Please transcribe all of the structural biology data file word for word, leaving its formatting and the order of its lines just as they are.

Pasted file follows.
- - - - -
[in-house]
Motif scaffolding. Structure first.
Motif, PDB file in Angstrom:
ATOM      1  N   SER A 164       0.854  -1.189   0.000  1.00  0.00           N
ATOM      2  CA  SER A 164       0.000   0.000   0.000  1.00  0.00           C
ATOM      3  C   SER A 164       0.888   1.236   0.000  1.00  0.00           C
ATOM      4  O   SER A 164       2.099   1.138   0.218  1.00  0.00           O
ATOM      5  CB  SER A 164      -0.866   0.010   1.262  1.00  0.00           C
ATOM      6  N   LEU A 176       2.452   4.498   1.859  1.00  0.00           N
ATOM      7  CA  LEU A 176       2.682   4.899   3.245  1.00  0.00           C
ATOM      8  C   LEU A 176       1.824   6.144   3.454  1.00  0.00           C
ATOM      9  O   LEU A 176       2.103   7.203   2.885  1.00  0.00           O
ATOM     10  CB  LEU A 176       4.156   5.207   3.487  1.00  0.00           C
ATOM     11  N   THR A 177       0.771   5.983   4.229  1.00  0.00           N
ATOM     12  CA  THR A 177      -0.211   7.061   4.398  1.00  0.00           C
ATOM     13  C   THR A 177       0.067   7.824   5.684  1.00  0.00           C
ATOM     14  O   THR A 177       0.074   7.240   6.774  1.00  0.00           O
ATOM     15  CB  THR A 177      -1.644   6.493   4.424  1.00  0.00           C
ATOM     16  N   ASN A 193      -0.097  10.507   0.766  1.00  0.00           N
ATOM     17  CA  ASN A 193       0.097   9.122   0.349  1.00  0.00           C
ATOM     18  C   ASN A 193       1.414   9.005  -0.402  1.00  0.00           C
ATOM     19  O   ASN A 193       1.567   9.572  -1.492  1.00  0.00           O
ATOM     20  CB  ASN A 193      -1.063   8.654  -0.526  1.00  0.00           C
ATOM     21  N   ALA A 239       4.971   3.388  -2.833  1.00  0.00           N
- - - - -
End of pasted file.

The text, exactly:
[in-house]
Motif scaffolding. Structure first.
Motif, PDB file in Angstrom:
ATOM      1  N   SER A 164       0.854  -1.189   0.000  1.00  0.00           N
ATOM      2  CA  SER A 164       0.000   0.000   0.000  1.00  0.00           C
ATOM      3  C   SER A 164       0.888   1.236   0.000  1.00  0.00           C
ATOM      4  O   SER A 164       2.099   1.138   0.218  1.00  0.00           O
ATOM      5  CB  SER A 164      -0.866   0.010   1.262  1.00  0.00           C
ATOM      6  N   LEU A 176       2.452   4.498   1.859  1.00  0.00           N
ATOM      7  CA  LEU A 176       2.682   4.899   3.245  1.00  0.00           C
ATOM      8  C   LEU A 176       1.824   6.144   3.454  1.00  0.00           C
ATOM      9  O   LEU A 176       2.103   7.203   2.885  1.00  0.00           O
ATOM     10  CB  LEU A 176       4.156   5.207   3.487  1.00  0.00           C
ATOM     11  N   THR A 177       0.771   5.983   4.229  1.00  0.00           N
ATOM     12  CA  THR A 177      -0.211   7.061   4.398  1.00  0.00           C
ATOM     13  C   THR A 177       0.067   7.824   5.684  1.00  0.00           C
ATOM     14  O   THR A 177       0.074   7.240   6.774  1.00  0.00           O
ATOM     15  CB  THR A 177      -1.644   6.493   4.424  1.00  0.00           C
ATOM     16  N   ASN A 193      -0.097  10.507   0.766  1.00  0.00           N
ATOM     17  CA  ASN A 193       0.097   9.122   0.349  1.00  0.00           C
ATOM     18  C   ASN A 193       1.414   9.005  -0.402  1.00  0.00           C
ATOM     19  O   ASN A 193       1.567   9.572  -1.492  1.00  0.00           O
ATOM     20  CB  ASN A 193      -1.063   8.654  -0.526  1.00  0.00           C
ATOM     21  N   ALA A 239       4.971   3.388  -2.833  1.00  0.00           N